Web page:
Looking at his gait and composure, Joseph Abiodun Babatunde Adu, JAB Adu, popularly known as Bassey Okon in the popular Village Headmaster drama series is regal even at age 83. Known for his role in the series with his impeccable Efik-tainted English “chei, cheii, cheiii” JAB Adu was the master of Bonnyface, the hard and serious boy in the grocery store at Oja Village.
When Daily Times met JAB Adu at his residence in Abeokuta he was characteristically impeccably dressed in shirt and trousers with three biros tucked in his shirt pocket.
Though born in Calabar, capital city of Cross River State on December 28, 1932, JAB Adu started his education at the primary section of Baptist Academy then located at Oil Mill Street, Lagos when his father relocated from Calabar to Lagos.
From 1946 to 1951, he attended St. Gregory’s College, Obalende, Lagos.
Next, he worked at the British Bank for West Africa, the B.B.W.A, now First Bank, PLC. JAB Adu later travelled to Britain where he studied Banking at the Westminster City College, London and graduated as an Associate of the Institute of Bankers (A.I.B) UK. His passion for drama made him to enroll at Morley College of Drama, South London. He said, “I’d always wanted to do drama. In fact, before I left Lagos, I belonged to a theatre group. “The acting talent had been there and because I didn’t want to disappoint my parents, I did the first thing, read and worked as a banker. While working in the bank, I was sent abroad to read banking. I completed the banking course, then I did what I wanted to do I spent the extra years attending a drama College.
On his return to Nigeria, JAB Adu worked with the Central Bank of Nigeria.
“When I came back, I worked with CBN. It was the period when pioneering activities started in television. NTA was just starting, that was around 1964, NTA was NBC and people like Segun Olusola, Christopher Kolade pioneered it. On the popular television drama, ‘Village Headmaster’, JAB Adu reminisced: “Segun Olusola conceptualised the Village Headmaster and it was an instant hit because it was the first of its kind. Sanya Dosunmu brought the concept into fruition.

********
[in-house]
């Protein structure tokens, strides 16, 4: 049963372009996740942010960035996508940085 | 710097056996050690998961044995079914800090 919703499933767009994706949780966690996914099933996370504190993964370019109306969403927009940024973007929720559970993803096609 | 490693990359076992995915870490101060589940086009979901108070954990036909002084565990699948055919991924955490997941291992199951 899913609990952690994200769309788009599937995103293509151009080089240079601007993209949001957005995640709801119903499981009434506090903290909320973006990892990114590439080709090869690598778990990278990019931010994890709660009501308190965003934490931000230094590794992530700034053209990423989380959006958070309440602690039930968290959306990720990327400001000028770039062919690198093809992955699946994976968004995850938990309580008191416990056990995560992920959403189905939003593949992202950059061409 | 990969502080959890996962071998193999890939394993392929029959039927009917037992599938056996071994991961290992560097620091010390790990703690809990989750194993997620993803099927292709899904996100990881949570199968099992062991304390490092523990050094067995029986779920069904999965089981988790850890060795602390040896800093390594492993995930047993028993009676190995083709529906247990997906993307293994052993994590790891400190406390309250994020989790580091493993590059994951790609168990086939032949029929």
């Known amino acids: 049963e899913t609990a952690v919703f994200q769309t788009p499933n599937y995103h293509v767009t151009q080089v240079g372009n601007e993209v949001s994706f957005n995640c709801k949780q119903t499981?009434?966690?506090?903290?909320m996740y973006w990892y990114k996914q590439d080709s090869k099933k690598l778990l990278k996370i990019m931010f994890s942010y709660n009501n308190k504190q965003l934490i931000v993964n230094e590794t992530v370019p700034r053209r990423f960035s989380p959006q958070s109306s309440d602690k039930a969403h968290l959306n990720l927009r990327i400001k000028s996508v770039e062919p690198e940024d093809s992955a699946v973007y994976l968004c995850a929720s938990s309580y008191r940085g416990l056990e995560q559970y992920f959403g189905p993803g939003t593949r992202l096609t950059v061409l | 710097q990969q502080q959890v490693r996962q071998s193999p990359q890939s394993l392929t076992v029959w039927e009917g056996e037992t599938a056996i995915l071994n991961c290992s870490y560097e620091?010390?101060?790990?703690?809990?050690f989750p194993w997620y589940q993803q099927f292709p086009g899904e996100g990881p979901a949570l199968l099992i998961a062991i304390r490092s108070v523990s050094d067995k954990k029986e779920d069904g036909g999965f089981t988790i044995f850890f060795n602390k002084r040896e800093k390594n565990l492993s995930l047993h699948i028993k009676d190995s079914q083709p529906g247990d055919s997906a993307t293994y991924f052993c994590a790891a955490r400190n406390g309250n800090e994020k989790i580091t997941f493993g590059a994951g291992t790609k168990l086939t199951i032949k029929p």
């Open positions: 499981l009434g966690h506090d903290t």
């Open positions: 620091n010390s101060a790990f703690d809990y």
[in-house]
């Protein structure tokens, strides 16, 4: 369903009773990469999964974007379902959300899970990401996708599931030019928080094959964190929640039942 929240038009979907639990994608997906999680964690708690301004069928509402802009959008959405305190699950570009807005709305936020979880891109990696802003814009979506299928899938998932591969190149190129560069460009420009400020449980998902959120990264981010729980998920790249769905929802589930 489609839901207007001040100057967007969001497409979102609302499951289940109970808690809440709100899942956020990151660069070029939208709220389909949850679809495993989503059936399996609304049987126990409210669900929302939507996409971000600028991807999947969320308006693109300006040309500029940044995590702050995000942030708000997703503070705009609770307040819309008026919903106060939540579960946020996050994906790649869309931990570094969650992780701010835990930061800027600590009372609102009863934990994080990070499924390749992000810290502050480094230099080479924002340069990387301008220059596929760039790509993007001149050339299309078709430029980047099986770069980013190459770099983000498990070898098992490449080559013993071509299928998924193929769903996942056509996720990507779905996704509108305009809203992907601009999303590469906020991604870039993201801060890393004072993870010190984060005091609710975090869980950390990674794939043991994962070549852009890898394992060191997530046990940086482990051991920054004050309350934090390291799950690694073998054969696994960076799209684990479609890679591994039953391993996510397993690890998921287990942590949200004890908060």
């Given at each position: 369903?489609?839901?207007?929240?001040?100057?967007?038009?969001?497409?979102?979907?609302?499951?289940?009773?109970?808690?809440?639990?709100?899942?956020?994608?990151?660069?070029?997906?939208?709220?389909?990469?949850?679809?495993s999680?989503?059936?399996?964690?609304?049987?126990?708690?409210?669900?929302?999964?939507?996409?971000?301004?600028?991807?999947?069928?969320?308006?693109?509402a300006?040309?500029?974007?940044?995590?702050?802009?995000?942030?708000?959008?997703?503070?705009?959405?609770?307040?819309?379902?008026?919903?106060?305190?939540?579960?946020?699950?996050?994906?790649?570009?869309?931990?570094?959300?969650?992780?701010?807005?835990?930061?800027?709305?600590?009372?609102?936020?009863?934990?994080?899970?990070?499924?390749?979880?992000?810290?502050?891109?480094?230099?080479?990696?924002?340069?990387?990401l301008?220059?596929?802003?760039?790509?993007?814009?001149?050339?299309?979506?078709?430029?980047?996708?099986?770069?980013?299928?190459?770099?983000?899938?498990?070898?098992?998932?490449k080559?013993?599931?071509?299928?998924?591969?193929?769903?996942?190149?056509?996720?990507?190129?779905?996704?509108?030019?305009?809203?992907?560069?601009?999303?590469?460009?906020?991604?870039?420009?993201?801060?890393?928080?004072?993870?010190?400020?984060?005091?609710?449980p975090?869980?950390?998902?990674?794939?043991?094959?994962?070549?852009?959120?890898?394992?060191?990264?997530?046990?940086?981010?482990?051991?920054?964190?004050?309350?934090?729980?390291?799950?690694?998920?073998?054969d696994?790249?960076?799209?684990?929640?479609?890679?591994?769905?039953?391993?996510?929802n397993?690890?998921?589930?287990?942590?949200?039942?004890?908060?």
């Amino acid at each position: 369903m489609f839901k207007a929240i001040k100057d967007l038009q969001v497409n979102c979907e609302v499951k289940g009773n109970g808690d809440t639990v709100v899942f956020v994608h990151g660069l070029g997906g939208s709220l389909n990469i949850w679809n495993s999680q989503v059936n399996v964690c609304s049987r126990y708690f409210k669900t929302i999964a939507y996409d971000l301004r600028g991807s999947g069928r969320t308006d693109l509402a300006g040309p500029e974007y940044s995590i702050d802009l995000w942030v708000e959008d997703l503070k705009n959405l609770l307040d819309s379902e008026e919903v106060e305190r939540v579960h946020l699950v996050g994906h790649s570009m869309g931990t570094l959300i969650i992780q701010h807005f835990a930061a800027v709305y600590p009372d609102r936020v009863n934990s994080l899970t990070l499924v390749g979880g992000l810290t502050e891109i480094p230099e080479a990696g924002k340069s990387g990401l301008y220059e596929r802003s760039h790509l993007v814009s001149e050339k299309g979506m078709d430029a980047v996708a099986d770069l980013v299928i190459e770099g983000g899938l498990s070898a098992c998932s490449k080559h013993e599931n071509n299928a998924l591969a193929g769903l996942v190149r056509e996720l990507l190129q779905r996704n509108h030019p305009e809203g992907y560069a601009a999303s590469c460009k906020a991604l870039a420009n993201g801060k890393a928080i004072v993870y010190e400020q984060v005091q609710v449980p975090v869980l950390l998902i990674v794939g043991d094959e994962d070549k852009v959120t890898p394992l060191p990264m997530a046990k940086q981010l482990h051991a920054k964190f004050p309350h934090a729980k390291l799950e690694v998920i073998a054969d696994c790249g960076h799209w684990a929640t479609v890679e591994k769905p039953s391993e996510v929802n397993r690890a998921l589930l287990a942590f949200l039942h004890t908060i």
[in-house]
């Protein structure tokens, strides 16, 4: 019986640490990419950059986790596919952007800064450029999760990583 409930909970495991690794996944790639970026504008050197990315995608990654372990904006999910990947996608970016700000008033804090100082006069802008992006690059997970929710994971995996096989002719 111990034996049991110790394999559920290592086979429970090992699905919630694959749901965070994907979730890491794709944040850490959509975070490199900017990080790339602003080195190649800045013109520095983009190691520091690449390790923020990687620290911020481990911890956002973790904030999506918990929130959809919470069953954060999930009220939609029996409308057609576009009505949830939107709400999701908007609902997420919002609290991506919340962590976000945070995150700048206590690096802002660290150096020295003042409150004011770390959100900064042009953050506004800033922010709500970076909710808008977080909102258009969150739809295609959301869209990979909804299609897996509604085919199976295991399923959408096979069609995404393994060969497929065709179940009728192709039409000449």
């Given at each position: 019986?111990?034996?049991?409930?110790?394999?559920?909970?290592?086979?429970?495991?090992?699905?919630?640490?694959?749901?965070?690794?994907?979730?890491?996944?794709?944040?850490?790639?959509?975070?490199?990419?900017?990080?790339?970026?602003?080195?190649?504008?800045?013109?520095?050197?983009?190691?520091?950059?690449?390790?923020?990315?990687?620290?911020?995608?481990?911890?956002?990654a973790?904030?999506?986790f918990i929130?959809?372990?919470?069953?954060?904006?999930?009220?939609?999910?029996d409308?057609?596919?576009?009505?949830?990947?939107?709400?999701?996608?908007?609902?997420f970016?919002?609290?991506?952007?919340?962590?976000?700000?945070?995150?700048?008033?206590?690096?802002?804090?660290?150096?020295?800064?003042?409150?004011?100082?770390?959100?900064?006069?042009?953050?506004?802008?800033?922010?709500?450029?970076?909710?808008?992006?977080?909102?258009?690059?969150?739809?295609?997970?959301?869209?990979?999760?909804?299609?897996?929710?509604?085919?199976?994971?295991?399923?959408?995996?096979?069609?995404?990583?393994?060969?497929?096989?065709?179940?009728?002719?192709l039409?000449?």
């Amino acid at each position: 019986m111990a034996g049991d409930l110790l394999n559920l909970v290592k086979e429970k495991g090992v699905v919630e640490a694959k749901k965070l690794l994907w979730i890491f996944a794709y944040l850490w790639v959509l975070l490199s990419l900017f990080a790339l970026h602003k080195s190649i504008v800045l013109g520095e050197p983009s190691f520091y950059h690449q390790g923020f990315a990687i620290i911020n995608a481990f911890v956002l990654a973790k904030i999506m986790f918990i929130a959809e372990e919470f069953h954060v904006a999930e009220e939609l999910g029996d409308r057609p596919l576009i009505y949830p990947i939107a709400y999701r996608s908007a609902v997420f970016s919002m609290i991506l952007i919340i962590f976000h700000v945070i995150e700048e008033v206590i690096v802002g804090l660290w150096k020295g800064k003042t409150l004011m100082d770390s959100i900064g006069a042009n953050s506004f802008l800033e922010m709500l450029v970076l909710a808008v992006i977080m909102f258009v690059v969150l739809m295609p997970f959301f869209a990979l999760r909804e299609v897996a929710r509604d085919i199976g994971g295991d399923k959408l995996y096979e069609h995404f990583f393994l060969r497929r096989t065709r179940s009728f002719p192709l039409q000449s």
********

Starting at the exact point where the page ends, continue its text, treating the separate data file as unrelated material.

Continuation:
Sanya was a producer in the drama department of NBC then. I was fortunate to be part of it. I played the role of Bassey Okon, the doctor, dispenser and pharmacist of Oja village. I was the Efik man at the junction town of Oja. While acting Village Headmaster, I was also working at CBN. Eventually, the drama aspect of me took an upper hand. I left CBN to go into full-time acting.”
But he wasn’t given the role of an Efik because of his background.
“I did not decide the role I was going to play. There were many characters and we were auditioned. I was challenged to take that role, and I accepted. It was something contrary to expectation, so I was very happy to accept it because it gave me the opportunity to be creative.”
Thinking back at the challenge, he faced with the character, Bassey Okon, he smiled and said, “I know that time my manner of speaking English was very smooth and it was like, can he speak pidgin English? Would it be easy for me to do so, I accepted it, and I think I did my best.
“I had to leave Central Bank because I had to follow my destiny. My love for drama was the major reason for leaving CBN, though it wasn’t paying much. But I managed to survive. After doing Village Headmaster for many years, yea, almost 10years I think, I decided that I needed to do something of my own.
That was what gave birth to the programme – Adio Family in 1978.
I conceptualised it and sponsorship at that time was not an easy task, yet I was able to get sponsors for it.
He wrote, produced and acted in the TV social drama series, the Adio Family, which dealt with family life. It focused on the effort of a typical middleclass family at coping with and maintaining a value-oriented upbringing for their children and a happy married life.
Speaking on the film, ‘Bisi daughter of the River’ which he also wrote and produced, he smiled and in a reflective mood said, “And again, that was a pioneering thing. In those years, film production was just about starting, we have pioneers like Francis Oladele who did Kongi’s Harvest which was the first film produced in celluloid on this country. After that, he did another one called Frog in the sun.